OLYMPIA – A rare special session hearing on a bill to penalize teachers for one-day strikes featured a walkout by Democrats, questions of legal authority and denunciations of the education unions by conservative think tanks.
But all the political drama was upstaged by a 10-year-old who told the Senate Labor and Commerce Committee, “I think teachers should get paid for strike days. Teachers work so hard to teach their kids in their class.”
Heather Gow, an Issaquah fourth-grader, wasn’t in school because her teacher was taking part in a one-day strike, which many teachers are using to call attention to the differences in education spending in the budget negotiations. So, like her classmates at Briarwood Elementary School, she had the day off; unlike her classmates, instead of staying home or playing with friends, she went to Olympia and attended the committee hearing.
From her front row seat in the mostly empty hearing room, Heather got a bit of schooling on legislative politics. She saw the committee’s three Democrats walk to protest the bill that would keep teachers from being paid if they go out on strike. Seattle Sen. Bob Hasegawa, the panel’s ranking Democrat, said it had legal, moral and logistical problems and wasn’t a solution but “clearly only a messaging tool.”
That drew the ire of the bill’s sponsor, Sen. Tim Sheldon, a Potlatch Democrat who caucuses with majority Republicans and couldn’t believe his fellow Democrats would walk out of a hearing. Similar bills have passed the Senate in 2001 and 2003 with bipartisan support, he said. “Teachers are public employees. They do not have the right to strike.”
Committee Chairman Mike Baumgartner, R-Spokane, said he was disappointed the Washington Education Association, the state teachers’ union, refused an invitation to attend. So did the Washington PTA, he said, as well as the attorney general’s office and Stand for Children, a group that works to support public education.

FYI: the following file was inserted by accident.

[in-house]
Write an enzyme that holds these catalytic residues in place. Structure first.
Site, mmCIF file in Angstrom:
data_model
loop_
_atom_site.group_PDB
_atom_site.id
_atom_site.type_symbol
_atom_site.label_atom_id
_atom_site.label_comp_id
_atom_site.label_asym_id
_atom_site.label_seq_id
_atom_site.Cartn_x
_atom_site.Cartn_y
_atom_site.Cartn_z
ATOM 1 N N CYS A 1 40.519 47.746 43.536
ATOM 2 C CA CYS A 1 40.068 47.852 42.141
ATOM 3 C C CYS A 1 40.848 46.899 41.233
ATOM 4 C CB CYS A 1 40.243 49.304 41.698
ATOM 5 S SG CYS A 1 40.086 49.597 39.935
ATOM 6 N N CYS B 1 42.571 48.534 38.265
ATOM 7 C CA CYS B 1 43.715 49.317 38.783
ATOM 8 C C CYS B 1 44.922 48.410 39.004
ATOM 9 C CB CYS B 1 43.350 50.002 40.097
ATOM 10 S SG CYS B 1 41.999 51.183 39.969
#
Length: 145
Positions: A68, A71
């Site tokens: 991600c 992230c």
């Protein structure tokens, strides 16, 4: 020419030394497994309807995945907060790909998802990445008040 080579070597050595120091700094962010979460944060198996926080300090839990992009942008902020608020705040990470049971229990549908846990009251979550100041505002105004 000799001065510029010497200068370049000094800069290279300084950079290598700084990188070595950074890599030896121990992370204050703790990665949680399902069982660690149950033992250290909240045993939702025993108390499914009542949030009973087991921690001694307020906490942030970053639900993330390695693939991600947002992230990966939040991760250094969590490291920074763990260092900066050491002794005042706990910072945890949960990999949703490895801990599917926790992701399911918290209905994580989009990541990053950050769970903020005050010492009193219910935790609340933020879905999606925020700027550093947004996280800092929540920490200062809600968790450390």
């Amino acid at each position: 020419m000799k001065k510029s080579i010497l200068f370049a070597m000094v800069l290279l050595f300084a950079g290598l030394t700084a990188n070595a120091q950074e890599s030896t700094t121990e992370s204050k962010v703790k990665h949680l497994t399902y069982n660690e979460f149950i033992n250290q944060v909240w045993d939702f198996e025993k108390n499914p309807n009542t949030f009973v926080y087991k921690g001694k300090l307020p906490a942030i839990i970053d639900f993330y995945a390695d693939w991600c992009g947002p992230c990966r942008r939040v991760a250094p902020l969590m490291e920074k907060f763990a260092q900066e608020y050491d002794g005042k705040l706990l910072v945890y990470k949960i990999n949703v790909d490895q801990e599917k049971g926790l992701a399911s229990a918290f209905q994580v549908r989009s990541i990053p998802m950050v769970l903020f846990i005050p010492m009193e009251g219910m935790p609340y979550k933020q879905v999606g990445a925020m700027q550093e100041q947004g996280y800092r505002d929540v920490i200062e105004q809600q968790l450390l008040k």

Representatives from the Office of the Superintendent of Public Instruction did show up and said they agreed with some of the teachers’ frustrations but didn’t support the one-day strikes. Dan Steele of the school administrators association said Sheldon’s bill could be a logistical nightmare for administrators who had to determine whether each teacher was out sick, taking a vacation day or on strike, and the law is “murky” on whether teachers’ strikes are illegal.
No it’s not, said Liv Finne of the Washington Policy Center, a conservative think tank. They’re clearly illegal, as well as being a breach of most labor contracts, said Finne, who added she believes “teachers have been treated very fairly in Washington state.” Jami Lund of the Freedom Foundation, another conservative think tank not supportive of public sector unions, said the Legislature should find a way to penalize the unions when strikes happen, like taking away their bargaining authority, setting penalties for strikes as an unfair labor practice, making it easy for parents to file civil suits and docking state funding if superintendents encourage strikes.
When Baumgartner called for public comment on the bill, only three people had signed up, and two were Heather and her mom, Sue. Heather urged the committee not to find ways to punish teachers, and instead pay them for the strike day.
“We need to support our teachers in Washington,” she said, adding that her class has 28 students and her teacher works really hard, with hours spent preparing for classes. “I mean, imagine yourself being a teacher.”
She later told reporters her teacher, Patty McElligott, deserved a day off, although she went to a rally at another district instead of staying home and relaxing.
“I just wanted to support my teacher because she does so much for us,” Heather said.
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